Thursday, July 19, 2007

Scott Hahn on this Sunday's Readings

The Saint Paul Center is awesome.

Each week Scott Hahn posts some comments on the up-coming Sunday readings on the Saint Paul Center's website. I frequently remind myself that I need to really to reference that here more often. This week's is so good, I had to post on it before it slipped my mind.

This week the Church will have us read first from Genesis 18's account of the mysterious "three men" who came and ate with Abraham. The Gospel will then be drawn from Luke's account of Jesus at the house of Mary and Martha:
Luke 10:38-42: Jesus entered a village where a woman whose name was Martha welcomed him.She had a sister named Marywho sat beside the Lord at his feet listening to him speak. Martha, burdened with much serving, came to him and said,"Lord, do you not carethat my sister has left me by myself to do the serving? Tell her to help me." The Lord said to her in reply,"Martha, Martha, you are anxious and worried about many things. There is need of only one thing. Mary has chosen the better partand it will not be taken from her."

Why is Luke 10 given to us with Genesis 18? Here's Dr. Hahn's excellent pastoral commentary...

God wants to dwell with each of us personally, intimately - as the mysterious guests once visited Abraham's tent, as Jesus once entered the home of Mary and Martha.

By his hospitality in today's First Reading, Abraham shows us how we are to welcome the Lord into our lives. His selfless service of his divine guests (see Heb 13:1) stands in contrast to the portrait of Martha drawn in today's Gospel.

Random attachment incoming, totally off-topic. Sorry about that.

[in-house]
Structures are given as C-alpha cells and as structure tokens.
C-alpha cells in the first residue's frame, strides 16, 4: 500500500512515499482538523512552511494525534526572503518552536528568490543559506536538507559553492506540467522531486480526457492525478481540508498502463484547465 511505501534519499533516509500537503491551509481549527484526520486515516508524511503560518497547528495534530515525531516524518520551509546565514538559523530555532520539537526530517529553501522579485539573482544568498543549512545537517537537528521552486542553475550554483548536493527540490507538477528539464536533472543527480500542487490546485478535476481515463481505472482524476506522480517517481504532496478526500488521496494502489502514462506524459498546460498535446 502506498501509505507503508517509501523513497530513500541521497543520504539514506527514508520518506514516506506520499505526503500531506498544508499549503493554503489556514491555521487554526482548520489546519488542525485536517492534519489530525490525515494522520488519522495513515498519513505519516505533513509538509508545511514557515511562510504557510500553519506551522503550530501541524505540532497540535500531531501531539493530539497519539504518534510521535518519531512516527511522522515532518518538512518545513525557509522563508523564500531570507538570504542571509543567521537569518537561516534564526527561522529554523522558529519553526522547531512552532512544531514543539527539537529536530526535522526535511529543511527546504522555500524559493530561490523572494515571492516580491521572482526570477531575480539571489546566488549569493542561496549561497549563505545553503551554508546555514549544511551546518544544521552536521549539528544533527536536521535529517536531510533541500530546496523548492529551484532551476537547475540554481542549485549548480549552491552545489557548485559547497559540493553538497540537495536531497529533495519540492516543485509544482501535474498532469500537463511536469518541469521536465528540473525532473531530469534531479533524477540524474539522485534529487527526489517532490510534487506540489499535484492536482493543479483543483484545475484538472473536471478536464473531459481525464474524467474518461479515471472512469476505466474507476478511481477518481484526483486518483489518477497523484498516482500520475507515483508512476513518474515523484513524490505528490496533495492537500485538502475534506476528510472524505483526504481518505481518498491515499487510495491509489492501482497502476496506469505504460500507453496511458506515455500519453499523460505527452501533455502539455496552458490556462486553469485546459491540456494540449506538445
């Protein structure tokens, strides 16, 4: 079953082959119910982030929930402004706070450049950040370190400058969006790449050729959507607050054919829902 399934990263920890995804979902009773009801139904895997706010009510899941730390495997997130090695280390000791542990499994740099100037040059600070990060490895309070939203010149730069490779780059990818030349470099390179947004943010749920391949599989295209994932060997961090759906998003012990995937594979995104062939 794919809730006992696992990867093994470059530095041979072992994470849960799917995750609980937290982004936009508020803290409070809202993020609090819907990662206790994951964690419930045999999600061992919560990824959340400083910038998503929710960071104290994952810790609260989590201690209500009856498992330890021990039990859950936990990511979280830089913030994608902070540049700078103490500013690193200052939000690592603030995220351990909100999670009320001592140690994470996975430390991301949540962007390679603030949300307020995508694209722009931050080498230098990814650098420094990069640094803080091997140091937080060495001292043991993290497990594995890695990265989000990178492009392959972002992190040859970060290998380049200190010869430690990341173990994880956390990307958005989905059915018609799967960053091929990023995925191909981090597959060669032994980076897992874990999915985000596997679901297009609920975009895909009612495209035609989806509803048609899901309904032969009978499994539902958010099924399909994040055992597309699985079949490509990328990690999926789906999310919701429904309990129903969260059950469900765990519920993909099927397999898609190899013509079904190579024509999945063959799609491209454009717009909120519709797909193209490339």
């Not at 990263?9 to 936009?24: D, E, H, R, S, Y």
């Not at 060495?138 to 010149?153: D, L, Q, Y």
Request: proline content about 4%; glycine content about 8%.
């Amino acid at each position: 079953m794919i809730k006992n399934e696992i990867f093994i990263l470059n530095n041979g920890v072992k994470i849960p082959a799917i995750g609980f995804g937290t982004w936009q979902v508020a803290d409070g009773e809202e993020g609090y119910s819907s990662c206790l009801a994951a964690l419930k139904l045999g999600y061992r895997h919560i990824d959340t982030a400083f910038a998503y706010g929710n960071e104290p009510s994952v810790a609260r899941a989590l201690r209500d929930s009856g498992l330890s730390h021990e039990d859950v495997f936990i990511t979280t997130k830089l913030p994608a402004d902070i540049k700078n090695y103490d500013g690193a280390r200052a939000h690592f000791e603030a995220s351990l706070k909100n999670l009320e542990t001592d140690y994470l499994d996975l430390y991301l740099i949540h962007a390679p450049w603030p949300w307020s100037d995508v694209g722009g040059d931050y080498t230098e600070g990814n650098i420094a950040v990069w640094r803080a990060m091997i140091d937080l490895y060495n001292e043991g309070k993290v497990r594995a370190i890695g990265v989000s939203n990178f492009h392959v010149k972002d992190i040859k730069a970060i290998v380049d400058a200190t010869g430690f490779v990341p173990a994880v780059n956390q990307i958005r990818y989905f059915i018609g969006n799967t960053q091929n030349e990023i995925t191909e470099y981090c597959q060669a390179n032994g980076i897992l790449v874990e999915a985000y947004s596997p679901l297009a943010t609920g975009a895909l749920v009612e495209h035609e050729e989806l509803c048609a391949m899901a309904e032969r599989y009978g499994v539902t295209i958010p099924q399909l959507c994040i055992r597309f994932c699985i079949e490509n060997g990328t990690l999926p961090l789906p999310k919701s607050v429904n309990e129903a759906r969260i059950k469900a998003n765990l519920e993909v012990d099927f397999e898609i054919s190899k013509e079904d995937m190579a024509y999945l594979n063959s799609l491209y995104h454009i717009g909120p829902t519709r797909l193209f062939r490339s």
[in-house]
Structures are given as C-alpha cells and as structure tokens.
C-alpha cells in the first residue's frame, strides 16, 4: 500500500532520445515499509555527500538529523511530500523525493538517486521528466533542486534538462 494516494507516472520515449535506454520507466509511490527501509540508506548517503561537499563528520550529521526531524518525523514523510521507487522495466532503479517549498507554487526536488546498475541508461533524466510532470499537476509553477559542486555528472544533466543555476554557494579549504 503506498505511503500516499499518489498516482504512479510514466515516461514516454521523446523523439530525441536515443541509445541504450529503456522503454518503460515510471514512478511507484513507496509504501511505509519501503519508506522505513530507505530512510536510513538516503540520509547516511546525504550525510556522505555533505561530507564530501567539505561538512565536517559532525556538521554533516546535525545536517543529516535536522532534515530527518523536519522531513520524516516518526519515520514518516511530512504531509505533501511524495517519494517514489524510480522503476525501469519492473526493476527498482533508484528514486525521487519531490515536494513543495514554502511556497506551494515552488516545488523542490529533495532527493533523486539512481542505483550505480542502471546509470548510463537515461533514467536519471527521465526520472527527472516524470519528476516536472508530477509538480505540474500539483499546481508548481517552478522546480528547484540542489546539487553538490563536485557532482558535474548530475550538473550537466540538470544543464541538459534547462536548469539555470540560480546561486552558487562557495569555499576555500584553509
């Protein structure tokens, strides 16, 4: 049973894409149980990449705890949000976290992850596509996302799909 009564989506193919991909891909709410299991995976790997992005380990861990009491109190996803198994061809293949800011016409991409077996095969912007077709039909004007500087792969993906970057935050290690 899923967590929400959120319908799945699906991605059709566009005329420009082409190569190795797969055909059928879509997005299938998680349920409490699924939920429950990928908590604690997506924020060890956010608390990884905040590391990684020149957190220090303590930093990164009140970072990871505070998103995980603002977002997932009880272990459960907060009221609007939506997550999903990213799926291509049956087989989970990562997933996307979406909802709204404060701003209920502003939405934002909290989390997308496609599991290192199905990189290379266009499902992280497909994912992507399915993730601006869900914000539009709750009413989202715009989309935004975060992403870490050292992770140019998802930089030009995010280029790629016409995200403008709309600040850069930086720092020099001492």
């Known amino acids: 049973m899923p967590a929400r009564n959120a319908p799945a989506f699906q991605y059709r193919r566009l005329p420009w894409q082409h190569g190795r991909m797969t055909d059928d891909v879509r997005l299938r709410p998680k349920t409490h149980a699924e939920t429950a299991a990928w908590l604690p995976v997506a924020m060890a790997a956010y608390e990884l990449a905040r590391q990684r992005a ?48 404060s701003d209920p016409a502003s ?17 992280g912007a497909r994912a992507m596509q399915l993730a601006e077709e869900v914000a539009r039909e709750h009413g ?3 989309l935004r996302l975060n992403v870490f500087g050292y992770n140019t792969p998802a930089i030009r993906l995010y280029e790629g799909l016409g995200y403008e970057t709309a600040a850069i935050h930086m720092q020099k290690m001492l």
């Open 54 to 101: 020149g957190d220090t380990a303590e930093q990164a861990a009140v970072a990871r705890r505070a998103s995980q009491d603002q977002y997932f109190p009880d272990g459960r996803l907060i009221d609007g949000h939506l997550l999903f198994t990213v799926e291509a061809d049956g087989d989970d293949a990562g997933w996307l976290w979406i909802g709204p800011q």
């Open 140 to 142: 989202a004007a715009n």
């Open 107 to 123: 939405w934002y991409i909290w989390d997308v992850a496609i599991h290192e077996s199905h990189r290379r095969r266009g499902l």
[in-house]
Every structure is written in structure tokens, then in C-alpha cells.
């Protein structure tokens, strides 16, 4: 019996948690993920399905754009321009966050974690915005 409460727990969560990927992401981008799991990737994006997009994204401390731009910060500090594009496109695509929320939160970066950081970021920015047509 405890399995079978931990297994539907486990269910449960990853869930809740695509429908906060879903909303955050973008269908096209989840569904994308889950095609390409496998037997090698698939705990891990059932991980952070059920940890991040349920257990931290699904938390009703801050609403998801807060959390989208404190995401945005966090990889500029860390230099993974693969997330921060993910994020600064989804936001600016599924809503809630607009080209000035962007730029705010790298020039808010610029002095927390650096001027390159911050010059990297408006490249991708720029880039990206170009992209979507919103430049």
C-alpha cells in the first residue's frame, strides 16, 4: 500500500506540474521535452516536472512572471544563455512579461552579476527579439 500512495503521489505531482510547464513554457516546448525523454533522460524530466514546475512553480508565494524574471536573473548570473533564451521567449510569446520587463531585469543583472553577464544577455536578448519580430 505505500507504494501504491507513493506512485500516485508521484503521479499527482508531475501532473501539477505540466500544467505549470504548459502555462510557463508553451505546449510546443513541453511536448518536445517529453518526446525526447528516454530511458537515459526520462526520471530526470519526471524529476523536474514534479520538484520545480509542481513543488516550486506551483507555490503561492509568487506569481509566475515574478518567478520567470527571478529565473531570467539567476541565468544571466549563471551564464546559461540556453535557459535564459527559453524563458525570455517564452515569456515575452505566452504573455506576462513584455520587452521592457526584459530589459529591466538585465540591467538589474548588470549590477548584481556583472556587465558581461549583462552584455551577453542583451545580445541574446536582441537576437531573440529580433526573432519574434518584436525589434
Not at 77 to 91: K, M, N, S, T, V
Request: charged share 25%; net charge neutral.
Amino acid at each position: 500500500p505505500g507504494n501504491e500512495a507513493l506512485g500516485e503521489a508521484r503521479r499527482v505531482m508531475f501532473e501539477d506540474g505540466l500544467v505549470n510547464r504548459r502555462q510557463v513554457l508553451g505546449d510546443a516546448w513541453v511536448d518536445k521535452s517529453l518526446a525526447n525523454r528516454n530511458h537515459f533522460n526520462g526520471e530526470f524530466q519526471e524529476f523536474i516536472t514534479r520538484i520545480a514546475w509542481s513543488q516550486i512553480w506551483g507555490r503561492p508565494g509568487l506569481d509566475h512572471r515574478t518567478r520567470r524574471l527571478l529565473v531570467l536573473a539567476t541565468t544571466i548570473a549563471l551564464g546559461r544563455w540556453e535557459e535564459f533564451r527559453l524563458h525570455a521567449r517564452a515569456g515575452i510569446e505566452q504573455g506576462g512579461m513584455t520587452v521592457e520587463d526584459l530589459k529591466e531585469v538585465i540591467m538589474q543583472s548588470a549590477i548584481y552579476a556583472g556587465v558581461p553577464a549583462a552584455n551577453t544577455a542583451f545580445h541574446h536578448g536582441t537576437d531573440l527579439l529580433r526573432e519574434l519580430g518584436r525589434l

Where Abraham is concerned only for the well-being of his guests, Martha speaks only of herself - "Do you not care that my sister has left me by myself... Tell her to help me."

Jesus' gentle rebuke reminds us that we risk missing the divine in the mundane, that we can fall into the trap of believing that God somehow needs to be served by human hands (see Acts 17:25).

Our Lord comes to us, not to be served but to serve (see Mt 20:28). He gave His life that we might know the one thing we need, the "better part" which is life in the fellowship of God.

Jesus is the true Son promised today by Abraham's visitors (see Mt 1:1). In Him, God has made an everlasting covenant for all time, made us blessed descendants of Abraham (see Gen 17:19,21; Rom 4:16-17, 19-21).

The Church now offers us this covenant, bringing to completion the word of God, the promise of His plan of salvation, what Paul calls "the mystery hidden for ages."

As once He came to Abraham, Mary and Martha, Christ now comes to each of us
in Word and Sacrament.

As we sing in today's Psalm: He will make His dwelling with those who keep
His Word and practice justice (see also Jn 14:23).

If we do these things we will not be anxious or disturbed, will not have our Lord taken from us. We will wait on the Lord, who told Abraham and tells each of us: "I will surely return to you."

[source]

2 comments:

Anonymous said...

Thank you so much for this. I did not know that The Saint Paul center existed. I saw Dr. Hahn speak about a year and a half ago and enjoyed listening to him a great deal. I am so very happy that I stumbled upon your blog and I just want to say THANKS AGAIN!

Jeremy Priest said...

This is one of my favorite Gospels because it speaks of "the one thing needful." The Catechism quotes St. Therese when she is speaking about the central place of the Gospels in her life, and St. Therese makes a powerful allusion to this text from St. Luke's Gospel:

But above all it's the gospels that occupy my mind when I'm at prayer; my poor soul has so many needs, and yet this is the one thing needful. I'm always finding fresh lights there; hidden meanings which had meant nothing to me hitherto.
CCC 127

St. Therese found the one thing needful and sat at his feet for the rest of her life!